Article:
On Friday, Yahoo added to its claims of infringement against Facebook, in addition to denying that it violates any of the patents named in the social network’s countersuit.
The additional claims involve the “System and Method to Determine Validity of and Interaction on a Network” and the “System and Method Allowing Advertisers to Manage Search Listings in Pay for Placement Search System Using Grouping,” which the company says is violated by Facebook Ads.
In the filing, Yahoo also hits out at Facebook for asserting patents in-suit that it purchased from other companies — notable, as Facebook recently purchased 650 patents from Microsoft. The patents, originally held by AOL, were viewed as a way for the social network to better defend itself against infringement claims.
“Facebook lacks a good faith basis for most, if not all, of its counterclaims, particularly those patents that it purchased from others,” Yahoo said in its filing, trying to cast Facebook’s claims as weaker because the patents did not originate in-house.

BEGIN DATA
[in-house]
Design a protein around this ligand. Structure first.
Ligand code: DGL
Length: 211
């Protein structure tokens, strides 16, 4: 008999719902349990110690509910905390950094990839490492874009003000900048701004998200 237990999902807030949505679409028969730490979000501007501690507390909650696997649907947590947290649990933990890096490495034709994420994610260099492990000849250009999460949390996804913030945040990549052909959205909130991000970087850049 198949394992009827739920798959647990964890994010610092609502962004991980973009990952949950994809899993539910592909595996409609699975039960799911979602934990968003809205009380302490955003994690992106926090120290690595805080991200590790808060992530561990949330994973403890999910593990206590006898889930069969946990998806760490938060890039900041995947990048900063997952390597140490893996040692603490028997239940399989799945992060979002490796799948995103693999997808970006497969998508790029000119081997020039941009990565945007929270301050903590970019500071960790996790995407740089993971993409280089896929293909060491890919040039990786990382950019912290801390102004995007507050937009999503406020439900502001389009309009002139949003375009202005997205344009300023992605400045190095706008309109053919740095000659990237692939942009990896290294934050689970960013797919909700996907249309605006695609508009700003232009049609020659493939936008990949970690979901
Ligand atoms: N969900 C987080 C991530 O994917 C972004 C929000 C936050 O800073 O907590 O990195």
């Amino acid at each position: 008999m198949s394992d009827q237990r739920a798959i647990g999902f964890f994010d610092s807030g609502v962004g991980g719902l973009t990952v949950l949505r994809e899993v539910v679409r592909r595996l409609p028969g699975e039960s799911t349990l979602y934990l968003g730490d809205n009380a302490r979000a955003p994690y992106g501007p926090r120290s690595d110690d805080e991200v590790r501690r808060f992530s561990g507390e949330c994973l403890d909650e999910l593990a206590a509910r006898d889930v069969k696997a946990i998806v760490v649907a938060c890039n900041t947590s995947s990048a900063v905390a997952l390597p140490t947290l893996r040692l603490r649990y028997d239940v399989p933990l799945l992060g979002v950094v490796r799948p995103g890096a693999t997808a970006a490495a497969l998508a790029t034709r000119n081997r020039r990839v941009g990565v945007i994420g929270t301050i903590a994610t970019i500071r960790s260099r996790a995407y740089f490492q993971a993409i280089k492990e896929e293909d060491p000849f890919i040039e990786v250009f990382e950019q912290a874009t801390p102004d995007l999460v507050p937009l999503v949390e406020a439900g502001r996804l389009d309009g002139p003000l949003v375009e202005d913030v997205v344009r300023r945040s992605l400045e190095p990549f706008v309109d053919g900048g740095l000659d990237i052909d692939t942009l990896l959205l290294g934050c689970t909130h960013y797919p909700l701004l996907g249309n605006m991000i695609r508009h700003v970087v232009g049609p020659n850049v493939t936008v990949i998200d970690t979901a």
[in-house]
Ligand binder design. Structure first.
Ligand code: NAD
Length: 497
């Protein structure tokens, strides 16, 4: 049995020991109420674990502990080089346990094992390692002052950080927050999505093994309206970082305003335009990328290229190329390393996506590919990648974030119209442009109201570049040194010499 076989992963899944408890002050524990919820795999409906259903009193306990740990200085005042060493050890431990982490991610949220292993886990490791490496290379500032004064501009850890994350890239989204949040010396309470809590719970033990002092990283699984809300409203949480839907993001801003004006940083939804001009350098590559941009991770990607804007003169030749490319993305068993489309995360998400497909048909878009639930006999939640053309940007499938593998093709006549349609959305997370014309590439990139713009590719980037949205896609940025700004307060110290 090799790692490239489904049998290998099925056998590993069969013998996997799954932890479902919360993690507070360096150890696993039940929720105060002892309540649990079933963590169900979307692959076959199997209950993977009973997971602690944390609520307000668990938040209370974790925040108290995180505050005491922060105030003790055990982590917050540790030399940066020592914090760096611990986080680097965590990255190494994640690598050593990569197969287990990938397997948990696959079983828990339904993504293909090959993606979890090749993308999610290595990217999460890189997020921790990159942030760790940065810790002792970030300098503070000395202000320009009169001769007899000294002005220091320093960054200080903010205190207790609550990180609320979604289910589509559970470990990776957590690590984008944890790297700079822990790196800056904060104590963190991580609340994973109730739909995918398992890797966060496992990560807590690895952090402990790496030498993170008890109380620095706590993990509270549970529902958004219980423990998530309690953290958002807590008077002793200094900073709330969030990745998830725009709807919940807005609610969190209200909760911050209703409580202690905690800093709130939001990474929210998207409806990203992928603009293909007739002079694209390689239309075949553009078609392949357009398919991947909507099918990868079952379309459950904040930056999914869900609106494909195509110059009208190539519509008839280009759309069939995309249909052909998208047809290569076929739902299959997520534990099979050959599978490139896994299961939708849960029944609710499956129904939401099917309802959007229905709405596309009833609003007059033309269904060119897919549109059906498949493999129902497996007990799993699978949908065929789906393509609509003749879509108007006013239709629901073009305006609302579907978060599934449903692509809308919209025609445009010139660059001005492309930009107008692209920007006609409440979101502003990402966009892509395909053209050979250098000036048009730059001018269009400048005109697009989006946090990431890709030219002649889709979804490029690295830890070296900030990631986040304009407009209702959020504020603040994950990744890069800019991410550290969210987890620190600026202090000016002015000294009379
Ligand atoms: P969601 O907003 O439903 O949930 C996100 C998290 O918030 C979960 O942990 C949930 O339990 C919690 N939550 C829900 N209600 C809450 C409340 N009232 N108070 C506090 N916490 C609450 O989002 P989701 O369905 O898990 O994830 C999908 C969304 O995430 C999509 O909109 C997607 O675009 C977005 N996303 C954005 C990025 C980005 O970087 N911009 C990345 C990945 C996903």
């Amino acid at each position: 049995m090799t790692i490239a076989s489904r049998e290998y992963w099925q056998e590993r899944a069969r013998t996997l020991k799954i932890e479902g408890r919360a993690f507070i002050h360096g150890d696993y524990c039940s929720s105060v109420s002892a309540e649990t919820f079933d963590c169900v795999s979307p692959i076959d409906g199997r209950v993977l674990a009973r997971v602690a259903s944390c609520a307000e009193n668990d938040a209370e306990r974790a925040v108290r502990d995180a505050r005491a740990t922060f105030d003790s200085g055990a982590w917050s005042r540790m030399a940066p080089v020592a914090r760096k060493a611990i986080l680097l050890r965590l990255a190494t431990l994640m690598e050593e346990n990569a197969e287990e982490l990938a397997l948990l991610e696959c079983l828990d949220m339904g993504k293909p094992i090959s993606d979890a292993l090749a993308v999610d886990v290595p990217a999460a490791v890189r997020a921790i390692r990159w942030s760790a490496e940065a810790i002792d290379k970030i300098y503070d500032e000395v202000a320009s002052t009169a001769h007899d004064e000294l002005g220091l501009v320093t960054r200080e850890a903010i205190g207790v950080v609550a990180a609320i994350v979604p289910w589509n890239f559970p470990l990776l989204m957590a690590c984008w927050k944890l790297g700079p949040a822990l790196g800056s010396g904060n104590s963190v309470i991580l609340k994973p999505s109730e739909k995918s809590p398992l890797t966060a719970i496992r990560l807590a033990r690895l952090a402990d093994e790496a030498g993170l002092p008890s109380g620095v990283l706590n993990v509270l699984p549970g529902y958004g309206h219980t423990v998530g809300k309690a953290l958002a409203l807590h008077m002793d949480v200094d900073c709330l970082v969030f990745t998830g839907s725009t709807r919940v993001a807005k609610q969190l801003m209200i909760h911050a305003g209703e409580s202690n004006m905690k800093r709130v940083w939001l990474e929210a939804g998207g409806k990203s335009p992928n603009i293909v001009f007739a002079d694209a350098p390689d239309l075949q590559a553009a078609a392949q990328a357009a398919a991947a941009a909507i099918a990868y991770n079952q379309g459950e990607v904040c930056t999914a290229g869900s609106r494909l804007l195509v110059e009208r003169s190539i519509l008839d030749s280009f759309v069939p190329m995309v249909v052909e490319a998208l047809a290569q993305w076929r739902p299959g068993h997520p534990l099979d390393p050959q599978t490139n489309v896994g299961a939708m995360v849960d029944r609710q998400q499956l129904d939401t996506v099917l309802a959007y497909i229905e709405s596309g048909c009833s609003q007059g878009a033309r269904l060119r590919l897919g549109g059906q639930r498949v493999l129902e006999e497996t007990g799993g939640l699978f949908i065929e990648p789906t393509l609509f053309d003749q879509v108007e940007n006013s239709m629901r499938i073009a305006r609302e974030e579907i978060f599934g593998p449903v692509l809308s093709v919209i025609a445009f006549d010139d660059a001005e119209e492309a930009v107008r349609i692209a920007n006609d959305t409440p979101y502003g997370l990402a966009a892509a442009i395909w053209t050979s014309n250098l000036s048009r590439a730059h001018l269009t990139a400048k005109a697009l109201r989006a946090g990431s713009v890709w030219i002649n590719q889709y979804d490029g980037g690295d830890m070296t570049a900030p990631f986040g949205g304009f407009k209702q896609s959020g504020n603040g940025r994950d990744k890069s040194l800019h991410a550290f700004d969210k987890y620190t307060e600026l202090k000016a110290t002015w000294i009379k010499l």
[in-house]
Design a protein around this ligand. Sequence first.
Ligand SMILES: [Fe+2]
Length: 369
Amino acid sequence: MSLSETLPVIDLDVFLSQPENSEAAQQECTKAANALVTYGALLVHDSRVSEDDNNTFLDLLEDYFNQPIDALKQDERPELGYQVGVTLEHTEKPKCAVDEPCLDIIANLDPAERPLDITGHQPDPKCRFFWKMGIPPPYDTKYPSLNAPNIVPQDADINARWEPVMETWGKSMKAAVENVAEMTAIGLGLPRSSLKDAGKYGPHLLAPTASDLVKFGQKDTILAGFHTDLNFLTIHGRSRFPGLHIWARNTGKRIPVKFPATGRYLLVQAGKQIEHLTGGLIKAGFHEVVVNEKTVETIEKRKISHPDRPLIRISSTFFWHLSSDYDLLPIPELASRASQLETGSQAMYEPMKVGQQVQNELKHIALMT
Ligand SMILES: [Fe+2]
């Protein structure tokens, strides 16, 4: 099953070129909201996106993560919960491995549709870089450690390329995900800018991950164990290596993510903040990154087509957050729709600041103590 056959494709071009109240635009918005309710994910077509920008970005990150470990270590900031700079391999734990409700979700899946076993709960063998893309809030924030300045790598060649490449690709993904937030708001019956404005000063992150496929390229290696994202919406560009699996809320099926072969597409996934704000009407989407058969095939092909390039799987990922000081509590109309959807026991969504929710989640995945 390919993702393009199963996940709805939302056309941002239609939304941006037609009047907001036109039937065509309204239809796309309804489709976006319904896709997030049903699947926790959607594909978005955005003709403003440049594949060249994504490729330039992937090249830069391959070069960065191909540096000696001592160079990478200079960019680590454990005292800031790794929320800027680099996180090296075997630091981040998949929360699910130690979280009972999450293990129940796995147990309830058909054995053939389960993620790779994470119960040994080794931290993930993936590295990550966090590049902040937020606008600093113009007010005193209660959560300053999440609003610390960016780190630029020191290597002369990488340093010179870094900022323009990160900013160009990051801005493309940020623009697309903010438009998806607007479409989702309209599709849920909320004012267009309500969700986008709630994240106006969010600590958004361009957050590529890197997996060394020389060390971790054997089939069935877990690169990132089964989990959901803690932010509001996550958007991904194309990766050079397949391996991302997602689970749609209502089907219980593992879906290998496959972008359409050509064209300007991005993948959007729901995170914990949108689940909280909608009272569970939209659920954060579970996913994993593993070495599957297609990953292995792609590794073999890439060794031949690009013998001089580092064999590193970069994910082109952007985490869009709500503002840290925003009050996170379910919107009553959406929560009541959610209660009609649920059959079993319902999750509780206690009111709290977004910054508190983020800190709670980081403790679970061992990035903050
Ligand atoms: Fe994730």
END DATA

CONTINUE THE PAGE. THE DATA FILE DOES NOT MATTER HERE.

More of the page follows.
Several companies use patents acquired from other firms in patent litigation, however, as patent expert Florian Mueller pointed out on a Google+ post about the new case.
“Yahoo! wants to show to Facebook that escalation always goes both ways, and it tries to make Facebook’s counterclaims look dubious and weak, with a view not only to the court but also the general public and existing or prospective Facebook investors,” Mueller wrote.
In an e-mailed statement from Yahoo, the company said: “Today’s filing underscores the breadth of Facebook’s violation of Yahoo!’s intellectual property. As we have stated previously, Yahoo!’s technologies are the foundation of our business that engages over 700 million monthly unique visitors and represent the spirit of innovation upon which Yahoo! is built. We intend to vigorously protect these technologies for our customers and shareholders.”
Facebook did not immediately respond to a request for comment on the suit.